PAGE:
Diabetes is a chronic condition characterized by the body’s inability to process glucose (sugar) in the bloodstream. An organ called the pancreas secretes insulin, a hormone that causes glucose to move from the bloodstream into the cells, where it is used for energy In a person who has diabetes, either the pancreas fails to make enough insulin or the body’s cells are unable to respond to insulin. either situation causes glucose levels in the bloodstream to increase.
A person with diabetes may manage the condition with insulin injections or oral medication. Diet and exercise also play an important role. A person with diabetes must follow a well-balanced diet, with limited sweets and fats. The timing of meals and snacks relative to exercise and medication is important as well. People with diabetes may need to check blood sugar levels more frequently when daily routines are disrupted – for example, by illnesses or vacations – as this can cause blood sugar levels to fluctuate more than usual.
If food intake, exercise, and medication are not in balance, the person may experience a diabetic emergency. A diabetic emergency happens when blood glucose levels fluctuate outside the normal range, resulting in either hyperglycemia (too much sugar in the blood) or hypoglycemia (too little sugar in the blood).
Hyperglycemia is when lower insulin levels cause higher blood sugar levels.
Hyperglycemia can result if a person:
- eats too much food
- takes too little medication
- exercises less than usual, or
- experiences physical or emotional stress
Hyperglycemia develops slowly, so it is less likely to be a first aid emergency.
With hyperglycemia, the body cells cannot get the sugar they need, even when there is a lot of sugar in the body To meet its energy needs, the body breaks down other food sources, causing waste products to build up in the body and thereby making the person ill. this may also cause the person’s breath to have a fruity or sweet odour. This can lead to a serious form of diabetic emergency called a diabetic coma.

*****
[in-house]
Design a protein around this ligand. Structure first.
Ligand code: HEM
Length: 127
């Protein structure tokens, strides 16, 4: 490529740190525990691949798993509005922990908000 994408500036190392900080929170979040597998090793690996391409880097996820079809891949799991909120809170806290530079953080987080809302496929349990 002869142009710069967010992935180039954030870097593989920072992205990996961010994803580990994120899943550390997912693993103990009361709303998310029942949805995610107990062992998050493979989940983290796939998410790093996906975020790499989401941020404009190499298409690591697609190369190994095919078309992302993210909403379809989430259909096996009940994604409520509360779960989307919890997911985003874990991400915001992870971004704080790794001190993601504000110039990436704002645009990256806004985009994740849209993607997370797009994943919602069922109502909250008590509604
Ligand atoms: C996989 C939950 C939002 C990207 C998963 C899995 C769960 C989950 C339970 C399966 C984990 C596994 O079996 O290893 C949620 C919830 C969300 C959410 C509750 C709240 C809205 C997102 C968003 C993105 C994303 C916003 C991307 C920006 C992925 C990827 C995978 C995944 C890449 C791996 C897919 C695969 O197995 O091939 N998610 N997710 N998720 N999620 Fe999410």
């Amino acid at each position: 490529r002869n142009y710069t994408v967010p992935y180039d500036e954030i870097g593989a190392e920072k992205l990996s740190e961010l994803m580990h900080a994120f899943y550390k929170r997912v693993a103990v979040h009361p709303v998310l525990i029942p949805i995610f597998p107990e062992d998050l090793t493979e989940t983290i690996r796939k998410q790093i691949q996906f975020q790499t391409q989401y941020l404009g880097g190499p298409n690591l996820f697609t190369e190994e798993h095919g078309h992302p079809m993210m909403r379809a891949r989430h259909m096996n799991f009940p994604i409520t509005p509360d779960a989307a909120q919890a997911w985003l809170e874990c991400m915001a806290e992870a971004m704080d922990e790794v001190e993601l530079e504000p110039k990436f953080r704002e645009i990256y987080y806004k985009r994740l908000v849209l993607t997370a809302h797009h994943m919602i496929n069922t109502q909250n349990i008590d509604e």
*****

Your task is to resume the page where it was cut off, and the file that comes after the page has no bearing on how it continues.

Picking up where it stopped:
Hypoglycemia occurs when the insulin level is too high relative to the level of sugar in the blood. The small amount of sugar in the blood gets used up quickly. Hypoglycemia can result if a person misses a meal or snack, exercises more than usual, vomits, or takes too much medication. With hypoglycemia, the brain does not get enough sugar to work properly; the result is an acute condition called insulin shock. Hypoglycemia develops quickly, and is the cause of most diabetic emergencies.
Common Causes of a Diabetic Emergency
A diabetic emergency occurs when there is an imbalance between two or more of the following:
- Food intake
- Insulin production
What to Look For
The following are signs and symptoms of a diabetic emergency:
- Changes in the level of responsiveness
- changes in behaviour, such as confusion, irritability, or aggression
- Rapid breathing
- Cool, sweaty skin
- Skin that is paler than normal
- Appearance of intoxication (e.g., slurred speech, difficulty walking)
- Feeling and looking ill
What to Do
- Give them a sweet sugary drink or food.
First aid is the same for both types of diabetic emergencies (hyperglycemia and hypoglycemia). It is easiest to treat too little sugar, so first try giving the person something sugary to see if that helps.
- Reassure them.
- Most people will gradually improve. If in doubt, or they do not improve call 9-1-1.
Call 911 if you are unable to give the person sugar, the person is not fully awake, the person has a seizure or the person’s condition does not improve within 10 minutes of having sugar.
For more information on first aid emergencies, check out the Canadian Red Cross Comprehensive Guide for First Aid.